Interventions for reducing alcohol supply, alcohol demand and alcohol-related harms

Research Bulletin no: 
3
Published: 
March 2016
Peter Miller, Ashlee Curtis, Tanya Chikritzhs, Steve Allsop, John Toumbourou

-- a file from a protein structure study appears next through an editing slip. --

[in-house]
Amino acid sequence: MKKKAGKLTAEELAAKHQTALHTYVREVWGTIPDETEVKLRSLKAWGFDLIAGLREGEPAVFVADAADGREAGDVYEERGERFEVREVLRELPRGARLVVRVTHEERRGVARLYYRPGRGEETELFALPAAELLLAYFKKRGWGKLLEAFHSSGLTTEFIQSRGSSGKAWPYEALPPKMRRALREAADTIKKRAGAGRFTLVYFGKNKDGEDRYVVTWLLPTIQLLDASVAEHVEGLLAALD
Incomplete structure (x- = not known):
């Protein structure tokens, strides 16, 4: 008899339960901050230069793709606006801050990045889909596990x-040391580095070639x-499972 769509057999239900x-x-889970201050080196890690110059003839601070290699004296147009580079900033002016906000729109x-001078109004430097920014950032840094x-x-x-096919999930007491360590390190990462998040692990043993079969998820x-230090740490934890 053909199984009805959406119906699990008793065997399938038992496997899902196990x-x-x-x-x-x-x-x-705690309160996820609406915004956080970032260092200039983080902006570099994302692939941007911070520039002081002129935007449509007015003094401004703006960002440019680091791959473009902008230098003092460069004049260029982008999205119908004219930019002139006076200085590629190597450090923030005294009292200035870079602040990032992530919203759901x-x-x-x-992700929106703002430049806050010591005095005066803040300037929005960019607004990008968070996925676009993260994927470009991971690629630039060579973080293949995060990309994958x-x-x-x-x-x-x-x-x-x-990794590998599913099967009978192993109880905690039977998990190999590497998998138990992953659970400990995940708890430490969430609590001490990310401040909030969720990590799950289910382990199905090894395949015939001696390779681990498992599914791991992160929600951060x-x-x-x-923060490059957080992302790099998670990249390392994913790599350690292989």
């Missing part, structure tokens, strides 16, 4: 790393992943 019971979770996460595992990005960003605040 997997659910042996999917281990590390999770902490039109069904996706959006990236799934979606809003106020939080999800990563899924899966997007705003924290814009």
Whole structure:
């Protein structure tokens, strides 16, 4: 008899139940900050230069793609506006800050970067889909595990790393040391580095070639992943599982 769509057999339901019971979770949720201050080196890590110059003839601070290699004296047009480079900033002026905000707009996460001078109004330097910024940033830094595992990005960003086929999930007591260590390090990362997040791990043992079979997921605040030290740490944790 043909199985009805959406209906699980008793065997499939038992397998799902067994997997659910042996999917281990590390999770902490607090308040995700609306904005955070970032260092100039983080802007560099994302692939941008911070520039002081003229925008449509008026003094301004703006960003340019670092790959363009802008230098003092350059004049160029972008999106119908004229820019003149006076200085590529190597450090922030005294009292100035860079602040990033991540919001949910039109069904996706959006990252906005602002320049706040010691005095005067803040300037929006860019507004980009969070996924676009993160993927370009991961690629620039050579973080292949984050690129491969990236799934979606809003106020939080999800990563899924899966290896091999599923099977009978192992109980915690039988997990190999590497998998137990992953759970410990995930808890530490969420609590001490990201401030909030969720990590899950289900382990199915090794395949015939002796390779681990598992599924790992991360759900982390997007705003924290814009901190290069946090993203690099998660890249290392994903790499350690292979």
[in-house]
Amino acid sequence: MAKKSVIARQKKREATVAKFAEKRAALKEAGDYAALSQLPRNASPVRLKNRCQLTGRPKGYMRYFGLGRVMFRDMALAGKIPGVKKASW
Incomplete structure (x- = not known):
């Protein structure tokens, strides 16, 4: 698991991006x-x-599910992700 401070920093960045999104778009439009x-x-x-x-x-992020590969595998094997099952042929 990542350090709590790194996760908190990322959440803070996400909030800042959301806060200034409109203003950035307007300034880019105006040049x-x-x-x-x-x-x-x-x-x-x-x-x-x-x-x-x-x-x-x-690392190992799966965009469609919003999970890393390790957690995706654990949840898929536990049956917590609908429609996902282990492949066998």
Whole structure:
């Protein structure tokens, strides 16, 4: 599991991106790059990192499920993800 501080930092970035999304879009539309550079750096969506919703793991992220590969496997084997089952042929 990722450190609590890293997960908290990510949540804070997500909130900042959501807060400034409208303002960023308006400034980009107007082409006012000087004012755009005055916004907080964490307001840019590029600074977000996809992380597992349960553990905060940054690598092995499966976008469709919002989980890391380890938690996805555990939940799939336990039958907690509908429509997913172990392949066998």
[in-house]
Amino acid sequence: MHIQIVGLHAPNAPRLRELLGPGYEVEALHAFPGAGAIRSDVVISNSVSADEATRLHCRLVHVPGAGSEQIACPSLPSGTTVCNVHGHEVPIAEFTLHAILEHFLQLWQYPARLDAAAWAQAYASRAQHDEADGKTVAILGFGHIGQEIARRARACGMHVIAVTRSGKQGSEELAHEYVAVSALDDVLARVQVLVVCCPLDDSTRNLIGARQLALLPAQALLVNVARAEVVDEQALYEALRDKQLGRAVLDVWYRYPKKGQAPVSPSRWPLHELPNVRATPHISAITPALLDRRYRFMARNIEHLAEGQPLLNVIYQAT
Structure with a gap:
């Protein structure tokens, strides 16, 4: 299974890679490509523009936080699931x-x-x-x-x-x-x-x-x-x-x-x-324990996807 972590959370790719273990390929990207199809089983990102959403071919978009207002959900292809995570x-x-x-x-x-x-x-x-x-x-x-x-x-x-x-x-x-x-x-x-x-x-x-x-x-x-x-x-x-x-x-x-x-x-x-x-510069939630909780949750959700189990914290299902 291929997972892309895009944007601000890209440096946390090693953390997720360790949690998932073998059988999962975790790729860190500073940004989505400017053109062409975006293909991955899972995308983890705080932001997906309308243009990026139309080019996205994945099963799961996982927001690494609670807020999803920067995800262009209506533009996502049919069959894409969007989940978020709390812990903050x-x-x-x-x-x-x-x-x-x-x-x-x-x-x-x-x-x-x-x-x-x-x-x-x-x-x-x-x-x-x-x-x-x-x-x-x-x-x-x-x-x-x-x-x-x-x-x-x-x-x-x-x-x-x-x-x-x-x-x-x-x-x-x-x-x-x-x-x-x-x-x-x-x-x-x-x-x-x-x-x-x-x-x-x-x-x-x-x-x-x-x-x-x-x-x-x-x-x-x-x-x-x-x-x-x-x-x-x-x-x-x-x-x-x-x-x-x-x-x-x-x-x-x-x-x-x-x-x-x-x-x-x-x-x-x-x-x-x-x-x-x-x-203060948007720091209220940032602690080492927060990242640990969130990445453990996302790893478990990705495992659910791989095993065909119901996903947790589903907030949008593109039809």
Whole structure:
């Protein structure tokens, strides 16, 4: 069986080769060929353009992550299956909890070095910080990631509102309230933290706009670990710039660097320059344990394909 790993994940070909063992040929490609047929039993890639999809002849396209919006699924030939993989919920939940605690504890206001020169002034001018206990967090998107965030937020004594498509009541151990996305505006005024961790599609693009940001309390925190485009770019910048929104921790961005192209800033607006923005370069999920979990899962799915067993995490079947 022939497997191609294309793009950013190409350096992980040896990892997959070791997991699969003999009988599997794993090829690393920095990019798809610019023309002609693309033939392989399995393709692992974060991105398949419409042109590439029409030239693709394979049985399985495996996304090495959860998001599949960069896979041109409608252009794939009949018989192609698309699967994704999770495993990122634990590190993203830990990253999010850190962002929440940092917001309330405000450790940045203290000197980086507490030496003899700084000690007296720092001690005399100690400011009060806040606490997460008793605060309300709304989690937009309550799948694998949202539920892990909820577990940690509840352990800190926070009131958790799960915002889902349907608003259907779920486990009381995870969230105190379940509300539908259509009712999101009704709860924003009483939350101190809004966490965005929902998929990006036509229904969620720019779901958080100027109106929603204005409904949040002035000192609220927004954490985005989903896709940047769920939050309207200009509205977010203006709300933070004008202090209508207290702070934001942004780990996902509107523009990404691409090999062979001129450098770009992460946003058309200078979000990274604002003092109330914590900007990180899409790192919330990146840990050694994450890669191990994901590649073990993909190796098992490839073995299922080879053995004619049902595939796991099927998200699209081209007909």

Alcohol accounts for approximately four percent of deaths worldwide and 4.65 percent of the global burden of injury and disease, placing it alongside tobacco as one of the leading preventable causes of death and disability (Rehm et al. 2009). Four of five Australians aged over 14 years report drinking alcohol recently and one in five report drinking seven or more drinks on a single occasion at least monthly (Australian Institute of Health and Welfare 2008); two-thirds (61%) of 18–29 year olds report consuming alcohol to get drunk (Laslett et al. 2010). The annual cost of alcohol-related harm in Australia is estimated to be between $15.6b (Collins and Lapsley 2008) and $36b (Laslett et al. 2010), depending on the model used and whether harm to others is included. For many individuals, the personal cost of alcohol-related trauma is overwhelming (Laslett et al. 2010). Almost every type of alcohol-related harm is on the rise in Australia (Livingston et al. 2010).